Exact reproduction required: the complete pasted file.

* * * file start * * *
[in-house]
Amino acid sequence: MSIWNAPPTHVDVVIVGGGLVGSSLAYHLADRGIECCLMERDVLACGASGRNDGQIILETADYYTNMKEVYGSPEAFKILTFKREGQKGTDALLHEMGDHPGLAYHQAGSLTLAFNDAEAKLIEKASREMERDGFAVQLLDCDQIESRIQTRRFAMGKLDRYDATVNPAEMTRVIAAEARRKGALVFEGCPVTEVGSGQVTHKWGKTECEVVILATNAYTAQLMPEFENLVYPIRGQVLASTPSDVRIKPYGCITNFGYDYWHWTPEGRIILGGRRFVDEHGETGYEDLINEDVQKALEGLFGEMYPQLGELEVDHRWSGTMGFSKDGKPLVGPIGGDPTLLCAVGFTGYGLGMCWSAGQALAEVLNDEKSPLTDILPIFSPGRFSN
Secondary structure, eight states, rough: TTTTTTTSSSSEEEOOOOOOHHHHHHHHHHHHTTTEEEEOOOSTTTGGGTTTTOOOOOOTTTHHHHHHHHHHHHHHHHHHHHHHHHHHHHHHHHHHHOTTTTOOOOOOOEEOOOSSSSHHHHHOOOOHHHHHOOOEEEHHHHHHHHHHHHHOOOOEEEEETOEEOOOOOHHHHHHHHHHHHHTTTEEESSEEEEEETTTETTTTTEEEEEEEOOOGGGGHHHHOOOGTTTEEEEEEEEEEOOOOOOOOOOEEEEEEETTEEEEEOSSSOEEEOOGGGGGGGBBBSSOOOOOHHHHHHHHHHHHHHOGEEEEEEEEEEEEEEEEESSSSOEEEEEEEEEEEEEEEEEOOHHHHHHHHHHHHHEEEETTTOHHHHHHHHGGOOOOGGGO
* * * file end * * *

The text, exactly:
[in-house]
Amino acid sequence: MSIWNAPPTHVDVVIVGGGLVGSSLAYHLADRGIECCLMERDVLACGASGRNDGQIILETADYYTNMKEVYGSPEAFKILTFKREGQKGTDALLHEMGDHPGLAYHQAGSLTLAFNDAEAKLIEKASREMERDGFAVQLLDCDQIESRIQTRRFAMGKLDRYDATVNPAEMTRVIAAEARRKGALVFEGCPVTEVGSGQVTHKWGKTECEVVILATNAYTAQLMPEFENLVYPIRGQVLASTPSDVRIKPYGCITNFGYDYWHWTPEGRIILGGRRFVDEHGETGYEDLINEDVQKALEGLFGEMYPQLGELEVDHRWSGTMGFSKDGKPLVGPIGGDPTLLCAVGFTGYGLGMCWSAGQALAEVLNDEKSPLTDILPIFSPGRFSN
Secondary structure, eight states, rough: TTTTTTTSSSSEEEOOOOOOHHHHHHHHHHHHTTTEEEEOOOSTTTGGGTTTTOOOOOOTTTHHHHHHHHHHHHHHHHHHHHHHHHHHHHHHHHHHHOTTTTOOOOOOOEEOOOSSSSHHHHHOOOOHHHHHOOOEEEHHHHHHHHHHHHHOOOOEEEEETOEEOOOOOHHHHHHHHHHHHHTTTEEESSEEEEEETTTETTTTTEEEEEEEOOOGGGGHHHHOOOGTTTEEEEEEEEEEOOOOOOOOOOEEEEEEETTEEEEEOSSSOEEEOOGGGGGGGBBBSSOOOOOHHHHHHHHHHHHHHOGEEEEEEEEEEEEEEEEESSSSOEEEEEEEEEEEEEEEEEOOHHHHHHHHHHHHHEEEETTTOHHHHHHHHGGOOOOGGGO